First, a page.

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On PETA and the EU Dog/Cat Fur Ban

I’m not interested in the battle of the huge nonprofits: who’s abolitionist (um, none of them), who’s new welfarist, who’s welfarist. I give to organizations that are aligned with my beliefs, and criticizing "the movement" isn’t my job. Providing commentary on how we all talk about, write about and view nonhuman animals is where my interest lies. And today, that interest is focused on PETA’s opposition to the EU’s ban on cat and dog fur (no, it’s not a complete, real ban, like you might assume).

Because PETA tends to be in favor of anything that they perceive curbs suffering in any small way and believe that those incremental changes will lead to animal rights, I was surprised to learn of its opposition to the ban. I was especially surprised to learn of the reason, other than the reality that the actual language of the bill hardly protects one hair on a cat or dog’s head. Check out the verbiage:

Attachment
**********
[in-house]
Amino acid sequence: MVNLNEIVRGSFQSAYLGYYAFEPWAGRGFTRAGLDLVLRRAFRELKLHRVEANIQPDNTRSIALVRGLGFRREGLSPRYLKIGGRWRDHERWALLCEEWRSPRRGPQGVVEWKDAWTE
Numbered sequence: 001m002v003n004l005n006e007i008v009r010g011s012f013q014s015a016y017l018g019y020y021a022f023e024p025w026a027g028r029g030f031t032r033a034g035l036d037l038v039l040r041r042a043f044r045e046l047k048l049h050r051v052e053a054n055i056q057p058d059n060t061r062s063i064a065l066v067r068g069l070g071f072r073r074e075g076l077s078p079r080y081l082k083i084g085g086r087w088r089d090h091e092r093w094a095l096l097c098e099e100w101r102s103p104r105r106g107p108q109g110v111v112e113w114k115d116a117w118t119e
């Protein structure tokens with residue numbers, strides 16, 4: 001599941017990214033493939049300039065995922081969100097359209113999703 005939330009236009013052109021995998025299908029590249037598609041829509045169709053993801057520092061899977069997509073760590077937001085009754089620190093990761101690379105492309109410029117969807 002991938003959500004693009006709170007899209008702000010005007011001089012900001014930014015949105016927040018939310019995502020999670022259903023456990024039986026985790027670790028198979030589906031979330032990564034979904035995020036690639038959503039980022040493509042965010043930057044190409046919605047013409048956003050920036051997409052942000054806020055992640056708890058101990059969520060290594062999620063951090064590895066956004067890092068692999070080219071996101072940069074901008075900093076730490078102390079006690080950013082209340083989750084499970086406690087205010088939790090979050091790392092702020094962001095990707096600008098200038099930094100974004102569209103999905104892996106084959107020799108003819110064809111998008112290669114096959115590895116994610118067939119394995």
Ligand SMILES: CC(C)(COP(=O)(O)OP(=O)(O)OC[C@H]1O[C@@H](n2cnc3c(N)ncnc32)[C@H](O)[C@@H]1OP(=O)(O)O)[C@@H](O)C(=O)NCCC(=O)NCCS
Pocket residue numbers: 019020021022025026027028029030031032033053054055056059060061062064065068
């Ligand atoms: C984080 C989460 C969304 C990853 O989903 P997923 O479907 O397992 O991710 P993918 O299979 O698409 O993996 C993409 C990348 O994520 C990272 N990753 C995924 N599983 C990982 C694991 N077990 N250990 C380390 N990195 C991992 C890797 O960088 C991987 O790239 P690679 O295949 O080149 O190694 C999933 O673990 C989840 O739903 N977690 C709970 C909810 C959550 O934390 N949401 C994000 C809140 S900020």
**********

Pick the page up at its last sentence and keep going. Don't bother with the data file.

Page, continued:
Our concerns really boil down to the fact that the ban will help the fur trade by giving consumers a false sense of security that it is safe to buy fur because they’ll believe it isn’t from dogs and cats. . . . . The ban’s only practical effect will be to promote the acceptance of fur from other species of animals, including canine and feline species such as coyotes and lynx, who are just as abused as dogs and cats in the fur trade.

Isn’t that impressive? But as impressive as it is, it’s also very confusing and disconcerting because if PETA understands that a false sense of security is the result of weak legislation regarding cat and dog fur, why is it they don’t make that same connection regarding, say, gestation crates for pigs? And why is it that they claim larger cages for battery hens (or whatever) as a victory? Why should we not eat foie gras (but still eat ducks)? Doesn’t any kind of happy meat campaign have the same effect as the EU ban (i.e. the result of a false sense of security and the promotion of the acceptance of animal consumption of some sort)?

I’m thrilled that PETA has taken this kind of stand. In my perfect world, this would be the first of similar stands for PETA. I’m interested to see if this is an aberration or the start of a new direction.

2 Comments Post a comment
  1. Dustin #